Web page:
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The ever-smoldering feud between the AAU and the NCAA is sending up ugly puffs of smoke once again, and as usual the signals spell T-R-O-U-B-L-E—at least for the innocent bystander, who, in this case, happens to be the athletes involved. The U.S. Track and Field Federation, an affiliate of the NCAA, is sponsoring a meet in Madison Square Garden on Feb. 9, and since a few non-college runners are on the entry list, the AAU insists that the meet must have its sanction. The AAU would give the sanction if asked, but the NCAA won't ask. So the AAU has warned that all athletes who take part in the meet will be barred from future international competition, including the Olympic Games. Jim Ryun, favored to become the first American in 60 years to win the Olympics' prize plum, the 1,500 meters, is scheduled to run in the Garden.
It is inconceivable that Ryun could thus be barred from the Olympics. But innocents have been trampled before in a bureaucratic tug-of-war, so perhaps it is not all that inconceivable that the best young runner in the world may never get to Mexico City. If this happens, the AAU, regardless of the merits or demerits of its stand, is going to look downright paranoid. So is the NCAA. So, for that matter, is Uncle Sam.
A number of major leaguers—among them John Roseboro of the Minnesota Twins and Lou Johnson of the Chicago Cubs—are endorsing and expect to use a new bat called the Watts Walloper, which is being produced by the Green Power Foundation in the Watts area of Los Angeles. The foundation, which started the project to provide jobs for unemployed Negroes, set up a workshop last month in an abandoned telephone-company building. It began with one wood-turning lathe and eight employees, but by May the company is expected to be employing 350 men and manufacturing 1,000 Wallopers a day.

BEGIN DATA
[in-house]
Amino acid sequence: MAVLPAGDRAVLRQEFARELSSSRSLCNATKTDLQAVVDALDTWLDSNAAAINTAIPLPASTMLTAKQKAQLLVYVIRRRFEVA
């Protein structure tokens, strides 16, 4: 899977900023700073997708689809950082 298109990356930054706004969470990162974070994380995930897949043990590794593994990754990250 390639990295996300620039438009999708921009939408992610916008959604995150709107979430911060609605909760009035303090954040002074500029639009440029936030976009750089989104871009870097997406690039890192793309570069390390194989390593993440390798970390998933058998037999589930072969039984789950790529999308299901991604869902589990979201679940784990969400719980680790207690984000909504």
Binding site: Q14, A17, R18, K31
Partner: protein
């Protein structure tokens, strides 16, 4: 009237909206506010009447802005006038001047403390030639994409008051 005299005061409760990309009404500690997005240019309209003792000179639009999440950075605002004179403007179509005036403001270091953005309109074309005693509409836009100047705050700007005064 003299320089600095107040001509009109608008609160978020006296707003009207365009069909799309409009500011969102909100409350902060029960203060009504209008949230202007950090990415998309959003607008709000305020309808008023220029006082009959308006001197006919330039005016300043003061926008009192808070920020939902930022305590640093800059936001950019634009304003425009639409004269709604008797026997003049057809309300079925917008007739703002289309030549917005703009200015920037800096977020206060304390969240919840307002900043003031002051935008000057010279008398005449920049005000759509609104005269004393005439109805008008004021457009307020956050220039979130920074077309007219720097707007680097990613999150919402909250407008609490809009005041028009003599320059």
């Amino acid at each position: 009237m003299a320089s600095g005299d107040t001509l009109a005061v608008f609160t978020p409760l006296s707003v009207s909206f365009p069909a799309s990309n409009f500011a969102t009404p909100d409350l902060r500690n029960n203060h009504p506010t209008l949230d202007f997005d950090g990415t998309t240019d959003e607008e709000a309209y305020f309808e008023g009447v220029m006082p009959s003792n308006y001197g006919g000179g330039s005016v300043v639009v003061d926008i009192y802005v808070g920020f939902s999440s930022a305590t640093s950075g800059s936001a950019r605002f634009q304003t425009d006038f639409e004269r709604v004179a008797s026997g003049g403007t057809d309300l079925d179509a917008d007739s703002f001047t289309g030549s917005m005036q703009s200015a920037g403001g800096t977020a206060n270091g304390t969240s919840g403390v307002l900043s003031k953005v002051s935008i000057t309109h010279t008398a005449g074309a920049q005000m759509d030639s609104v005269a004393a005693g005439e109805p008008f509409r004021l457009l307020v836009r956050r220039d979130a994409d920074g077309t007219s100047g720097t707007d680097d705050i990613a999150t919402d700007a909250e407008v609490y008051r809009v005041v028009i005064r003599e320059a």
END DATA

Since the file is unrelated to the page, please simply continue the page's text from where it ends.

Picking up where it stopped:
Since existing bat manufacturers have a corner on the white-ash farms in the Appalachians, the foundation is using tan oak from northern California for its new product. The wood is hardened by chemicals, and the bats are finished in an aerospace material that makes them difficult to break.
It may now be said that the Turn-on, Tune-in and Drop-out Movement has reached frightening proportions. Students at Duquesne University—a segment of them, at any rate—have dropped out of the Pepsi Generation.
Pepsi-Cola sponsored Duquesne basketball broadcasts over Pittsburgh's KDKA-Radio the past four seasons, but then decided to spend its advertising dollars elsewhere. For one thing, the Dukes won only seven of their 15 games last season; for another, the university wanted to increase the price of broadcast rights. No sponsor moved into the breach left by Pepsi.